Jeesh! So Serious!
Bertolt Brecht’s theatre is one I have to see to believe. It sounds fascinating, but not necessarily a form of theatre I personally would be compelled to work on. He always wanted the audience to be fully aware they were watching a play. This part, I can understand and appreciate. What’s the use of going to the theatre to see something completely naturalistic? That’s taking the theatricality out of the theatre. I believe the use of the imagination is the spectator’s most significant right. Reproducing an imagined reality very specifically onstage denies the spectator of this right, it makes them passive. Exciting theatre is that which compels the audience to use their imagination.
This is where Brecht and I differ on opinions. The main feature of traditional theatre that he had no interest in was the engendering of illusion. He wanted the audience to use their scientific brains, not their imaginations. He was not interested in feelings. In fact his actor’s are referred to as ‘Demonstrators’ in passages of the A-effect. Their job is to demonstrate their knowledge of human relations, behavior, and capacities in a conscious, suggestive and descriptive way. They are by no means to ‘become’ the character, rather they should comment on it. Brechtian actors were brilliant mimics.
To me, this is not acting. There is an art to the way a character is created and embodied. I believe an actor should embody the character she has been cast to play. Whether she arrives to that from the inside out or the outside in, doesn’t matter- that’s a whole other blog in itself! Brecht wanted the actors to remain fully dissatached from their characters. They are reporters on the action of the play. They forced the audience to look at the play’s situation from a specific angle and form an opinion. Brecht did not want the spectator to be transported from reality to ‘higher realms’. He wanted theatre to be instructive and entertaining. He didn’t want to show a sugar-coated version of the world- he wanted to recognize the world as it was- and force the spectator to ask questions about himself and his society.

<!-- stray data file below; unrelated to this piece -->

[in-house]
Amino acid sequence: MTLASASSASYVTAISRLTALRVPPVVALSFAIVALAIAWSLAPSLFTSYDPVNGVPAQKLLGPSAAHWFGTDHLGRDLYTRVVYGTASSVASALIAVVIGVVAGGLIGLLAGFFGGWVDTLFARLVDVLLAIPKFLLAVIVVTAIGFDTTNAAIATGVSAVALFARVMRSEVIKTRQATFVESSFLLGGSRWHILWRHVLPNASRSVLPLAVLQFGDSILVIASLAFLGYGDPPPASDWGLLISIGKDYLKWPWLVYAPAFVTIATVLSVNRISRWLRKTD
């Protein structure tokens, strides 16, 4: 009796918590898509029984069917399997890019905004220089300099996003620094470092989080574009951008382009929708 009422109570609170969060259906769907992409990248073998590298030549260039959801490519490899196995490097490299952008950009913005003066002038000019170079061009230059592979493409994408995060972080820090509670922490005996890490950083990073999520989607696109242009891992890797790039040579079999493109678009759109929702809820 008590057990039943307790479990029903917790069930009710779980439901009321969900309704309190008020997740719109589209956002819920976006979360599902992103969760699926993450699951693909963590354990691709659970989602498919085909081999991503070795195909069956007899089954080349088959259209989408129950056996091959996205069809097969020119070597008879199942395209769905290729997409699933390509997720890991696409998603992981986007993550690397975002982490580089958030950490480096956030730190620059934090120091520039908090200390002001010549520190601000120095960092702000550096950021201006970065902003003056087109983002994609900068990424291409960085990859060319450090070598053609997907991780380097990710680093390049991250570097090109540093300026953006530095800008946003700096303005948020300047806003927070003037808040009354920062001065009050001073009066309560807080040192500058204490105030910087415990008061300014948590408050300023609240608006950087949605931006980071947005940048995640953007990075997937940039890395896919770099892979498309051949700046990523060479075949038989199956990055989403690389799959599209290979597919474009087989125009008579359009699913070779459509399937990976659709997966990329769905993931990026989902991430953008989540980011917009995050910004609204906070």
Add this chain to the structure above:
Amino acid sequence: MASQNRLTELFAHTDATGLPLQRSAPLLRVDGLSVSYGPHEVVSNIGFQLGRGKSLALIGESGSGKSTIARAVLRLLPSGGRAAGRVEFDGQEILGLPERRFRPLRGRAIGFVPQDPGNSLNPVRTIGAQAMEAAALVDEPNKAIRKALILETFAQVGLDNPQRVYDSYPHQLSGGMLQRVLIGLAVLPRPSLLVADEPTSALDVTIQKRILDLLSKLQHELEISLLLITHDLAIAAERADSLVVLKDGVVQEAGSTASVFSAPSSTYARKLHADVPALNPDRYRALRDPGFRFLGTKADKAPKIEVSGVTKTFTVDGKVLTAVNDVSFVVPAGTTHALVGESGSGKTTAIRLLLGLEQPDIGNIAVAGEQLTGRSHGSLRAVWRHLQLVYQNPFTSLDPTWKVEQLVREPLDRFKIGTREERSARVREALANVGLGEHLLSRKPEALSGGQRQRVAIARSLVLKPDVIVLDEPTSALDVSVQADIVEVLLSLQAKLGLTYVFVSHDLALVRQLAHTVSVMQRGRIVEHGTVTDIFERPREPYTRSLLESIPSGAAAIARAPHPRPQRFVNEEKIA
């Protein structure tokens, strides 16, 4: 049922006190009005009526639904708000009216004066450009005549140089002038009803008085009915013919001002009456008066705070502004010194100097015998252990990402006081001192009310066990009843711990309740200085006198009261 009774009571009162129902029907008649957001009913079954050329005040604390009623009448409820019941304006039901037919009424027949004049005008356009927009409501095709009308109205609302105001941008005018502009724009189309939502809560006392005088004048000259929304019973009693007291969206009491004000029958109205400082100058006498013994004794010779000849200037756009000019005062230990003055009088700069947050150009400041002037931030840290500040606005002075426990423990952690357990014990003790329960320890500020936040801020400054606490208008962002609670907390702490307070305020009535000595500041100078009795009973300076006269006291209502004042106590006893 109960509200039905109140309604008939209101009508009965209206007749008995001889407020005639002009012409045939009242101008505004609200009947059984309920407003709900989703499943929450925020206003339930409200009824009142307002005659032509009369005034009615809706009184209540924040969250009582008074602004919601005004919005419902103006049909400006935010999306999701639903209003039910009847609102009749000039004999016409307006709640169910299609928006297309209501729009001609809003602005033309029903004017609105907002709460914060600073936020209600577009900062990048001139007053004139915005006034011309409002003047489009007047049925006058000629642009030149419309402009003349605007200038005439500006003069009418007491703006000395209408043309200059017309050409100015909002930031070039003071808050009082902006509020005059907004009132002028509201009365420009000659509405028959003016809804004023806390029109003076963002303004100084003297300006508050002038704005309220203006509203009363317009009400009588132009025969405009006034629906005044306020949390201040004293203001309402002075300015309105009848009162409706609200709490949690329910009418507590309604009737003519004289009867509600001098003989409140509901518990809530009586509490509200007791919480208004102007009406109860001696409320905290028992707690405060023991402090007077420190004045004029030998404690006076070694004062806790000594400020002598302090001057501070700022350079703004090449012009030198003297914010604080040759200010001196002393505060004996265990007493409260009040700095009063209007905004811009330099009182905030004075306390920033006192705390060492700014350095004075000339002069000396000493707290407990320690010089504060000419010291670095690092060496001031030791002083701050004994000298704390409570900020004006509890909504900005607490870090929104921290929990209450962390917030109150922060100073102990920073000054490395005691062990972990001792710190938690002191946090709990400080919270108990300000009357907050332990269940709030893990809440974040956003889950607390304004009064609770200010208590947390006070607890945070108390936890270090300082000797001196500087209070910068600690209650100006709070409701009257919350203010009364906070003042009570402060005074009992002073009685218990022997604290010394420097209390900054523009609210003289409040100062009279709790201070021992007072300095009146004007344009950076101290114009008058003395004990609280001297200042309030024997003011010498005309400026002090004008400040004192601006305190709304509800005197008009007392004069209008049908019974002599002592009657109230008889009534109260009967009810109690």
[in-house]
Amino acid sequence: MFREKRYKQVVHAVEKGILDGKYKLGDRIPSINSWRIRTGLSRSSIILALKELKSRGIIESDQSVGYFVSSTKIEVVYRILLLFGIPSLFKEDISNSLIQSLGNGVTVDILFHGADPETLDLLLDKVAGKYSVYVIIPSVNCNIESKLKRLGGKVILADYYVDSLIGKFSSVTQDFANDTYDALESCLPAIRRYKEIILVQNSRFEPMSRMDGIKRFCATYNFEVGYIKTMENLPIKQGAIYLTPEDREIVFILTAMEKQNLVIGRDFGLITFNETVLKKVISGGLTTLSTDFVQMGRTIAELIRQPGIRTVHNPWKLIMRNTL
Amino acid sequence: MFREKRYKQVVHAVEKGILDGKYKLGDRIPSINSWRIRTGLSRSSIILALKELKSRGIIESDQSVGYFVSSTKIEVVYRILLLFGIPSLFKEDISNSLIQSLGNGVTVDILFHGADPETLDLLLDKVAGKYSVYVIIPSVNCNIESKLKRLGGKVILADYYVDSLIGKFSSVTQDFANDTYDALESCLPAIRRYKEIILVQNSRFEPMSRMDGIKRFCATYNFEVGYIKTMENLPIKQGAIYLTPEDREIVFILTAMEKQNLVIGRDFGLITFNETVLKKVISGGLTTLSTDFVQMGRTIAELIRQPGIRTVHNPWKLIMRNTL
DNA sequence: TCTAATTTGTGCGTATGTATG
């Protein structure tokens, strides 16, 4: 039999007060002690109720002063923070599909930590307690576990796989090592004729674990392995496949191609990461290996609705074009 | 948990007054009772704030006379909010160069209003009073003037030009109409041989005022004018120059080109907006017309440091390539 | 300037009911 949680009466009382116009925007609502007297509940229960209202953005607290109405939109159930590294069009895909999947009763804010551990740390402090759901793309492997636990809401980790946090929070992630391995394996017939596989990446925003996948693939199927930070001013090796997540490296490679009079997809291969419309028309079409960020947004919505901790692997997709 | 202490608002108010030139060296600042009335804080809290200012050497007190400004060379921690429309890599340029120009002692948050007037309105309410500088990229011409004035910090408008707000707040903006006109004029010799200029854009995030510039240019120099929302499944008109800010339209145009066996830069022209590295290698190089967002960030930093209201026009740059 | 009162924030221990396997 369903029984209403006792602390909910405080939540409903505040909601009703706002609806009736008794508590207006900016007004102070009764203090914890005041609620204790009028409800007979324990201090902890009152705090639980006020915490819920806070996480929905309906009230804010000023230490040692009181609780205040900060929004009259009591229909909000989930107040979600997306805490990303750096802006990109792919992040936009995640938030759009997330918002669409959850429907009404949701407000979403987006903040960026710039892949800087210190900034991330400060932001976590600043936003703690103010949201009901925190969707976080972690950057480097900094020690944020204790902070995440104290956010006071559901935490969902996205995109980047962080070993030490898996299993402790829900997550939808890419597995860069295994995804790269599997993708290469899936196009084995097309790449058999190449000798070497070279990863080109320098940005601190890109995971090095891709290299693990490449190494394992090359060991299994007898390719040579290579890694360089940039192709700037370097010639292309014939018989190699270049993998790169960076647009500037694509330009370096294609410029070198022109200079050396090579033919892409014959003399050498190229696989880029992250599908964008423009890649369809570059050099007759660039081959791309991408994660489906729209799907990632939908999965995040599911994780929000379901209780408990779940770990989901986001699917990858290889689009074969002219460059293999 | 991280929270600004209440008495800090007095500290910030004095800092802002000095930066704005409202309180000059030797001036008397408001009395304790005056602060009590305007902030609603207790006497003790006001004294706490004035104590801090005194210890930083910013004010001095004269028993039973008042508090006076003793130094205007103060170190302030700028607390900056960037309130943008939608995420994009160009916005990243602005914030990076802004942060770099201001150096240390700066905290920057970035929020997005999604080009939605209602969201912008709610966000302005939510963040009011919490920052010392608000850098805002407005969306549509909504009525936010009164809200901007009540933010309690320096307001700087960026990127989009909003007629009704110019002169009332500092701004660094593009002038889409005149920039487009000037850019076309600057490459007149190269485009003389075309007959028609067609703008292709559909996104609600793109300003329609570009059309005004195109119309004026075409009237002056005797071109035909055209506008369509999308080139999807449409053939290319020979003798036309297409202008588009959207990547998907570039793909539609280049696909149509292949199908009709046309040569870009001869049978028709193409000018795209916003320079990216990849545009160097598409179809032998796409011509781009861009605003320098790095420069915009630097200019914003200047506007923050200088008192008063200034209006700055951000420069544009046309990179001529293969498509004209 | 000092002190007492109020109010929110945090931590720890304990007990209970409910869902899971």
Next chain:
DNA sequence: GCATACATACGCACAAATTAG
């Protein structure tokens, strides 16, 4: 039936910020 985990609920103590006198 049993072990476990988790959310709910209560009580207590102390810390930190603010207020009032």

My question is, “Where’s the fun in this theatre?” This theatre is sooooo serious! I want to watch theatre that inspires a sense of child-like wonder in me. I want to be transported when I see a piece of theatre. Don’t get me wrong- I believe that socially conscious and critical theatre is vital- but man, show me a good time while you do it! I believe there is a real art to the actor’s technique in embodying a role- and that is much more inspiring craft than the art of dissatachment.
I’m pissed about my one experience with acting Brecht. I attended an arts highschool and in grade 12 we were all cast in The Good Woman of Szechuan. It was our major project of the term and I was cast as the lead ‘Shen Te’. WELL, our ‘acting ‘ teacher proceeded to lead us through this mammoth piece in true Stanislavski tradition!!! Why the heck did she do that? I always wondered why it was never making sense!?! Because it should never have been performed that way. Brecht was probably rolling in his grave. That teacher should not be teaching specialized kids at that level in actor training. She probably grabbed that play because she saw a large number of roles to be filled. I’d love to have seen what Brecht did with that piece.
As much as I’m knocking him now- I really do wish I could see all his theories and practices put to work. I’m fascinated by it. And I’m sure I’m not fully comprehending all he was trying to say in his book. His language was foreign and kind of annoyingly pompous to read. I wonder if the work would be too?
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- November 8, 2009 / 1:14 am